Marvel Studios’ “Black Panther: Wakanda Forever” is definitely a good and visually stunning movie but its weighty subject matter does certainly affect one’s level of enjoyment.
The film unpacks the complexity of grief and the nuances of the emotions that it entails, but it also has so much ground to cover as it expands the Marvel Cinematic Universe (MCU).
“Black Panther: Wakanda Forever” sees Queen Ramonda (Angela Bassett), Shuri (Letitia Wright), M’Baku (Winston Duke), Okoye (Danai Gurira) and the Dora Milaje (including Florence Kasumba) fight to protect their nation from intervening world powers in the wake of King T’Challa’s death.
As the Wakandans strive to embrace their next chapter, the heroes band together with the help of War Dog Nakia (Lupita Nyong’o) and Everett Ross (Martin Freeman) to forge a new path for the kingdom of Wakanda.
“Black Panther: Wakanda Forever” also sees the introduction of Tenoch Huerta as Namor, king of Talokan, and Dominique Thorne whose character Riri Williams gets caught in the middle of the geopolitical drama.
This is a lot of story for one film and Ryan Coogler should be commended for how he balances all of these characters and the plot.
While the death of King T’Challa allows him and the cast to respectfully address the loss of Chadwick Bosman, it does mean that the film has to be conscious of its intent.
“Black Panther: Wakanda Forever” could have easily gotten lost in the vast scope of its own story, but Coogler manages to keep the story on track, albeit with some bumps along the way.
In my opinion, one of the issues with Black Panther is the pacing and editing.
When the story feels like we're picking up momentum and building towards something, the film slows down.
We get action scenes that are meant to help connect each section and drive the story forward as they do have narrative purpose, but they soon leave you with a sense of anticipation for something bigger, which the end of the movie doesn’t really deliver.
Letitia Wright's character is meant to connect the different vignettes; however, while there is no doubt that Wright is talented, these connective arcs in the film come across as disjointed. And, after watching it twice, I feel like it is due to her performance as Shuri.
She is talented but in some scenes, she seems overwhelmed by everything, and, in others, she lacks conviction about what she is doing.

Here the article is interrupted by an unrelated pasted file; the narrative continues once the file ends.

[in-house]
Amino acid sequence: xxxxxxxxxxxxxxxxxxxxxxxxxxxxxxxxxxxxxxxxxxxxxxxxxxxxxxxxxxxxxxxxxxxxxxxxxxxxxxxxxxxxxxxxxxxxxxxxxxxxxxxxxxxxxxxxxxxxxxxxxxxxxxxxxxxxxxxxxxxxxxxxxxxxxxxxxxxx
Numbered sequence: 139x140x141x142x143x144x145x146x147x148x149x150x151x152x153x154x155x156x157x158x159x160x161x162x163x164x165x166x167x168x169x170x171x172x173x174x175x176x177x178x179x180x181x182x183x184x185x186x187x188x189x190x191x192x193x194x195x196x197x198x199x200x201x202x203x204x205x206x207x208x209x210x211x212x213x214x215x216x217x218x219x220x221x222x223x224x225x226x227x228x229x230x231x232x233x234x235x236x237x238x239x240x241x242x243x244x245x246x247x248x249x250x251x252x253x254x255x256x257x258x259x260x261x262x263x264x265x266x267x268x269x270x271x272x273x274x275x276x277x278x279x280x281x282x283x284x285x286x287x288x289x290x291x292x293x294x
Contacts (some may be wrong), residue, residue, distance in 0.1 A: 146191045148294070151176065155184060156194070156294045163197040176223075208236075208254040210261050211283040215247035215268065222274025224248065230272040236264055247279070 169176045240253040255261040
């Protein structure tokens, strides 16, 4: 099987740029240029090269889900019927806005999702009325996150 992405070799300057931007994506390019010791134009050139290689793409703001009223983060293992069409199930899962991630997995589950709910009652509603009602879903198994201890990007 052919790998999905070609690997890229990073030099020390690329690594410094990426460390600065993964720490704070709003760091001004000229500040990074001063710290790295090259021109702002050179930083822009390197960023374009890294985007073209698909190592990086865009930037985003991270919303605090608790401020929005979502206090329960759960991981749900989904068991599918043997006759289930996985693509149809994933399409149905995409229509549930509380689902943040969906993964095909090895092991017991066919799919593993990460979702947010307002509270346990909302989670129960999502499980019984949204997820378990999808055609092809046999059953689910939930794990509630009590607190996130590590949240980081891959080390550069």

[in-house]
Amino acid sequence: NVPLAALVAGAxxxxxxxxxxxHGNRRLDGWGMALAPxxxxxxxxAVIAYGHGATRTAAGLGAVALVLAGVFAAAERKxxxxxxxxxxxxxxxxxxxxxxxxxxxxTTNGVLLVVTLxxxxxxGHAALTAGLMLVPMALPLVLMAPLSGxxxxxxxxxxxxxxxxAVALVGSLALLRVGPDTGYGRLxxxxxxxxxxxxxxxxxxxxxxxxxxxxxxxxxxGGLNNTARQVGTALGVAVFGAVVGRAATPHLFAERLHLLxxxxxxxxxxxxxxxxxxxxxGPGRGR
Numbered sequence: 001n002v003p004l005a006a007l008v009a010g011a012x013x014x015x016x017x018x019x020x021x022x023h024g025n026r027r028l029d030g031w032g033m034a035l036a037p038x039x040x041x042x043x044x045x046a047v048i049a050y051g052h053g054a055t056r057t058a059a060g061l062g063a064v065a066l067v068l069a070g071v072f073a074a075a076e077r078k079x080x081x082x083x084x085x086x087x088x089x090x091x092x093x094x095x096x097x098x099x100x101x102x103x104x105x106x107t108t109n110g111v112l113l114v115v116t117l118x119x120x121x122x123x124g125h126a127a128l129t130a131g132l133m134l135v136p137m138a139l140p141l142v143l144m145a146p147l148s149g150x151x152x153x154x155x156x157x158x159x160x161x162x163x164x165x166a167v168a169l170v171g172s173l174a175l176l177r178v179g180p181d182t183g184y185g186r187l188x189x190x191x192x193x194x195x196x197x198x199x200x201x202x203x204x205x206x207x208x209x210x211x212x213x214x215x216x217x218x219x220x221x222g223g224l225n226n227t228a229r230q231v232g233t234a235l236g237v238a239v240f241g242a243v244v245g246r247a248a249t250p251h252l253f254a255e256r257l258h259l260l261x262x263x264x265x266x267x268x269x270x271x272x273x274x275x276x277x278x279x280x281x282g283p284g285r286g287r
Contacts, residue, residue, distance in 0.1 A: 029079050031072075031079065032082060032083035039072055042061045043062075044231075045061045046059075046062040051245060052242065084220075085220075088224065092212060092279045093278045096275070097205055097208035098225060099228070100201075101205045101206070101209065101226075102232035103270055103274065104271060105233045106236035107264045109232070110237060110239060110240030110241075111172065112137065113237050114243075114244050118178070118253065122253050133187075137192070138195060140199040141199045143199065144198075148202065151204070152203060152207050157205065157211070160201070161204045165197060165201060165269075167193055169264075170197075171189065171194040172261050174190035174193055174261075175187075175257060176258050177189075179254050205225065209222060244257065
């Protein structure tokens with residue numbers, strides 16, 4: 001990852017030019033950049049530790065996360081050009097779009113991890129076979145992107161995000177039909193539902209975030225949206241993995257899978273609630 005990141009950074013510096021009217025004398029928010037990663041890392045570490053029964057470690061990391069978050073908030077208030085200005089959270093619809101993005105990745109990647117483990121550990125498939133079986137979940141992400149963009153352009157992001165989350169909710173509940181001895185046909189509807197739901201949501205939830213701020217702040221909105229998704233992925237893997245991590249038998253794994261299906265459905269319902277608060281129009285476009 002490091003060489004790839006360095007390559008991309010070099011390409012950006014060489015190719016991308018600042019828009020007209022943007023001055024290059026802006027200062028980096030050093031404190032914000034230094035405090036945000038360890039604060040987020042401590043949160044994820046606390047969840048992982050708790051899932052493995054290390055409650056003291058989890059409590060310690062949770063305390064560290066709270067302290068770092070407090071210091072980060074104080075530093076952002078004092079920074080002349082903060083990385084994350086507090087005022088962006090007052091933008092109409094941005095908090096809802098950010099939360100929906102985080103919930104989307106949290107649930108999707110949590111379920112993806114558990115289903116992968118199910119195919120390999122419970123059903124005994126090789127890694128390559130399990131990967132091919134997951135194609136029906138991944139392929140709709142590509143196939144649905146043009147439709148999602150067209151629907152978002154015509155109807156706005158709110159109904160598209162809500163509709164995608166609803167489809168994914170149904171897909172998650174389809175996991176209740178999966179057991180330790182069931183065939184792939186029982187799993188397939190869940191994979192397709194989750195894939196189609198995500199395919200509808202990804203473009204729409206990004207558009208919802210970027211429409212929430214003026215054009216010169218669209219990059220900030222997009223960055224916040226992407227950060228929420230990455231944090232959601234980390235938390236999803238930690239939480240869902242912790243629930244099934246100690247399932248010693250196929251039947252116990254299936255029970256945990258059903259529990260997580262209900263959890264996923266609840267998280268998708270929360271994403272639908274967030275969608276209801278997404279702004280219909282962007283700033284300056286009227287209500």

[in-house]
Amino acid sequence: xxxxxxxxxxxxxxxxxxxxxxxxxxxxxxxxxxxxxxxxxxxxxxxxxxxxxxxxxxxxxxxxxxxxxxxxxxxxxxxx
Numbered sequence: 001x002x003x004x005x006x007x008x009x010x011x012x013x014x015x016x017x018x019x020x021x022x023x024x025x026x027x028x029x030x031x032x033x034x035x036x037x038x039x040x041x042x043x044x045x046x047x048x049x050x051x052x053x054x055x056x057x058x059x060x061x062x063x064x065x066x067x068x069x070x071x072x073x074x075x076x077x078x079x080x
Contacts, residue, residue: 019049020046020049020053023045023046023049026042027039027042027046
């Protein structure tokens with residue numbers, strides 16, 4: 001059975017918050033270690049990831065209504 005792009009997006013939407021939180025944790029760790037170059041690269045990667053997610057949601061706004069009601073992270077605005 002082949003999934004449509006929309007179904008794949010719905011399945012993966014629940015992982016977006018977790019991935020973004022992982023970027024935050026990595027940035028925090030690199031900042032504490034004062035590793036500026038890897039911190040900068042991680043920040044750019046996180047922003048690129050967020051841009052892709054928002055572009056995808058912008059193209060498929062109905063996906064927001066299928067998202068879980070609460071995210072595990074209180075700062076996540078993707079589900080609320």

I can only speculate that her on-set injury, which she has called “traumatic”, somewhat hindered her ability to fully let loose and inhabit the physicality of her character.
With more seasoned actors around her, some of which excel at the physically demanding nature of their roles, it feels too soon to have put such a massive movie on her shoulders.
Aside from her, I am growing increasingly vexed by Disney’s supposed LGBT+ representation, which in actuality is just pandering. Two same-sex characters share a forehead kiss, and it’s such an inconsequential moment that it honestly should have been left out of the movie.
At this point, it would be much better if Disney just stuck to their homophobic views and left out any queers in their movies, rather than bother with the breadcrumbs of so-called representation that they're doing now.
Lastly, I am going to need an explainer on what exactly is happening with the accents in Wakanda as it is reaching a level of disrespect to those of us from the African continent.
Naturally, depending on what African country you’re from, you’re likely to have an accent when you are speaking in English – that is unavoidable.
However, I'm hating how Hollywood is increasingly having black actors use a generic African accent, and in “Black Panther: Wakanda Forever'', it is meant to represent an afro-futuristic world of a united African diaspora.
It's getting uncomfortable how these actors are using accents that appear to not be based on a country or region but rather on a non-existent, continent-wide accent.
If you want to show different African tribes in your movie, have the courtesy to use accents from these tribes and not make the uneducated assumption that there’s one African accent.
That said, there is also a lot that the movie gets right.
Angela Bassett delivers a phenomenal and nuanced performance as Queen Ramonda, Winston Duke remains hilarious and steals scenes as M’Baku, and it is joyous to see Danai Gurira as everyone’s favourite general Okoye.
Tenoch Huerta delivers a gripping performance as Namor, and his time on screen will pull you in and have you excited to see where his journey goes next.
Dominique Thorne should also be spotlighted for her comedic skills as Riri Williams and the savvy intellect she exudes.
As mentioned, Ryan Coogler handles the vast story and scope of “Black Panther: Wakanda Forever” with impressive skill and pulls off a feat that a less skilled director would have left muddled and unentertaining.
The film is not without its issues; but, ultimately, it makes for a very enjoyable movie-going experience.